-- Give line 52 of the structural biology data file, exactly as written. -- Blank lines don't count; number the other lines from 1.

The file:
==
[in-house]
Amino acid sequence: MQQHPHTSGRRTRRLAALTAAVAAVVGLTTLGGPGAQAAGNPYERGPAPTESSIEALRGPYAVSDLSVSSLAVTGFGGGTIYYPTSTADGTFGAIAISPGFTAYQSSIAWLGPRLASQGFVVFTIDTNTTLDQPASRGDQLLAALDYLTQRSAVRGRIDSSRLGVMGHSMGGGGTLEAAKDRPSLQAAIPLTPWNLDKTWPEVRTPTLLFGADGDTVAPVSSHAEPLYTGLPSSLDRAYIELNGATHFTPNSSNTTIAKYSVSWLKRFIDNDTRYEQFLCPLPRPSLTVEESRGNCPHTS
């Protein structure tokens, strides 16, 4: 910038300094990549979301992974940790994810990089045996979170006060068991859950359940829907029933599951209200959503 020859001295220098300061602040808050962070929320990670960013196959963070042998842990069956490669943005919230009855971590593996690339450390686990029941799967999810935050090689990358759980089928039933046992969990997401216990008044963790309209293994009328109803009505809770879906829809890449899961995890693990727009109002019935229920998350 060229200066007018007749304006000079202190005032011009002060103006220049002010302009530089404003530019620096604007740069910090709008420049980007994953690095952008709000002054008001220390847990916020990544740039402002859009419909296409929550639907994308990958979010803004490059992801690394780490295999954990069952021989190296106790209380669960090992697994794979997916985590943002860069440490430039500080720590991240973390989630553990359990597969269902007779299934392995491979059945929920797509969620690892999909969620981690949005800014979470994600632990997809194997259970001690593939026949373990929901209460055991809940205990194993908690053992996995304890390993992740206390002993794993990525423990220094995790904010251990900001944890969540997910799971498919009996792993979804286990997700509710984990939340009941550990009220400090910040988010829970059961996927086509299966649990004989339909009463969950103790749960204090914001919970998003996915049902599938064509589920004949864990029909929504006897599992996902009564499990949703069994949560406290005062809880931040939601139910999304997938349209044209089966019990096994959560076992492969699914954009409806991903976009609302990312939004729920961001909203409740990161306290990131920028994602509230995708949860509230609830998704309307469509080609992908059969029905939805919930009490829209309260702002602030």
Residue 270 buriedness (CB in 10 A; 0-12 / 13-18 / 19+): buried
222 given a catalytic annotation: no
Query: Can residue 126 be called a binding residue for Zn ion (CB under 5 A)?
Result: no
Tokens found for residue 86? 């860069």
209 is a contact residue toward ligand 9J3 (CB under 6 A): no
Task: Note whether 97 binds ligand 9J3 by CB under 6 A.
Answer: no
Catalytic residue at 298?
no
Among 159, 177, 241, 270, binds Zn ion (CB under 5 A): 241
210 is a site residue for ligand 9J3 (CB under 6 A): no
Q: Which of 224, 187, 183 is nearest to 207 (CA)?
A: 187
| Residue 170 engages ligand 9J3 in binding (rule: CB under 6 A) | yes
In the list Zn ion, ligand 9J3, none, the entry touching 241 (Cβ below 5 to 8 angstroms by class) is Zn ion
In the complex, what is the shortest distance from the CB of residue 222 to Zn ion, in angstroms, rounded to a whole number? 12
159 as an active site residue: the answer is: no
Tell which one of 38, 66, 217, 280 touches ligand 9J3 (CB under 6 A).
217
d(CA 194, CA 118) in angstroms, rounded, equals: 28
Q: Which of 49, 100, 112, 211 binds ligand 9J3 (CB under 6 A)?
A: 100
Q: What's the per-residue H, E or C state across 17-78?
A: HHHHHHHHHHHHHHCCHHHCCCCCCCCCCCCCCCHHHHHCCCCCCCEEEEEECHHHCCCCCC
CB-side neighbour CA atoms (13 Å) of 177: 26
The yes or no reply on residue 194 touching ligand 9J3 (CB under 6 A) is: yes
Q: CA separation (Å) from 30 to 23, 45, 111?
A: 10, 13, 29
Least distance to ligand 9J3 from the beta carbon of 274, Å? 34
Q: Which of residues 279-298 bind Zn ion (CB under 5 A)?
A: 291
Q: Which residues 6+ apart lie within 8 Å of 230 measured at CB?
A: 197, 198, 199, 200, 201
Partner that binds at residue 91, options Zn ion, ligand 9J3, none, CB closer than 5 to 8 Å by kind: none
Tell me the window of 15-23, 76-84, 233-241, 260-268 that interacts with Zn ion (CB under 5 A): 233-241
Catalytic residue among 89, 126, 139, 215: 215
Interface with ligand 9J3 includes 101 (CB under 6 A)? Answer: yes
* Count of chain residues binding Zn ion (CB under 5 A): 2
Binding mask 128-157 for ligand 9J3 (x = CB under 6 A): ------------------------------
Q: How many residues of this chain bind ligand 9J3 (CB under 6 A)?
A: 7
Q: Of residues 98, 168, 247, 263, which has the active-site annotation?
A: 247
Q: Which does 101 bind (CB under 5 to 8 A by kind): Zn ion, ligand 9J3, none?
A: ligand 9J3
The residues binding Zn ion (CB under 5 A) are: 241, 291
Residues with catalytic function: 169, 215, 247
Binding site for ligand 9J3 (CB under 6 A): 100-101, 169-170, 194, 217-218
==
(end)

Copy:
Binding site for ligand 9J3 (CB under 6 A): 100-101, 169-170, 194, 217-218